The froth levels were ridiculously high when the recent news dropped that Mudvayne and Coal …
The humble rat and noise pop collide in a sharp metaphor with Argentine-Australian punks The Maggie Pills’ latest single and music video City Rats.
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Taken from the group’s debut album, Hope is a Risk, City Rats is a raw and crunchy foray into social commentary and a firm DIY ethos, with moments of jagged drumwork, fuzzy soundscapes, and the strong 90s alt flavours driven by vocalist Delfi Sorondo.
Inspired by the innate ability of rats to thrive in the most unlikely environments as well as the experiences of Sorondo and drummer Mario Perez walking through the streets of Melbourne during the pandemic, City Rats serves as the group’s brand new album’s opener in short yet sweet fashion, perfectly encapsulating The Maggie Pills’ firm thematic imagery along with their fresh take on the alternative realms.
“The city rats made me think about how perhaps sometimes having less makes you more flexible and thereby increases your chances of survival,” says Sorondo. “Rats will live forever and outlive everything because they are extremely adaptable.”
Like a pied piper of dissonant pop, The Maggie Pills thrive as much as their titular subject matter with City Rats; a tense yet cathartic experience.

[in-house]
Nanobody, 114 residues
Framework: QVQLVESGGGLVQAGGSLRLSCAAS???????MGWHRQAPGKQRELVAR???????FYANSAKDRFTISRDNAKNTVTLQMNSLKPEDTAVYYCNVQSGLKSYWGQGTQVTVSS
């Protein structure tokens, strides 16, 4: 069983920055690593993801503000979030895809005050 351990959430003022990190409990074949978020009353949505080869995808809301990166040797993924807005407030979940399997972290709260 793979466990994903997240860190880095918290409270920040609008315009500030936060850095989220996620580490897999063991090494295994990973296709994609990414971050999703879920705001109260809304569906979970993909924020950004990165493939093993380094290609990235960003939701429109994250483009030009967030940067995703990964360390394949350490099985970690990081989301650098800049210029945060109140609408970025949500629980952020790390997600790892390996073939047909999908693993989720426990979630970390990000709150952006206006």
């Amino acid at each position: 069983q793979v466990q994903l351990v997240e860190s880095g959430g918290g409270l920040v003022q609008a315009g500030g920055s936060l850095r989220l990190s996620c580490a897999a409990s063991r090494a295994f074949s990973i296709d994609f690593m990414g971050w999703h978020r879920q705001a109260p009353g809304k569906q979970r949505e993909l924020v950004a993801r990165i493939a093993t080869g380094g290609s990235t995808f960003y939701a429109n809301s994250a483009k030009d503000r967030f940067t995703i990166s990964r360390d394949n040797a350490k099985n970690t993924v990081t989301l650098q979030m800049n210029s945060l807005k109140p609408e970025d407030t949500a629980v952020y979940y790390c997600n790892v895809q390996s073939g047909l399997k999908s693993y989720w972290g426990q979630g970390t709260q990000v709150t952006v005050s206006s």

Teaming up with frequent Maggie Pills collaborator, Peruvian-Australian director Triana Hernandez, to bring the track’s music video to life, the end result sees the Melbourne-based collective divert from their previous visual style. Ditching some of the gloss but embracing their punk ethos more than ever, the City Rats clip is a lo-fi delight, with a DIY rat costume taking front and centre a la early Mighty Boosh characters mixed with surreal imagery.
Forming shortly after Sorondo and Perez migrated to Australia and quickly finding themselves in the grips of a global pandemic, The Maggie Pills have powerfully found their footing sharing intimate yet universal narratives with Latin-inspired percussion, sharp riffs, crunchy basslines, and vigorous vocals. Like a pied piper of dissonant pop, The Maggie Pills thrive as much as their titular subject matter with City Rats; a tense yet cathartic experience.
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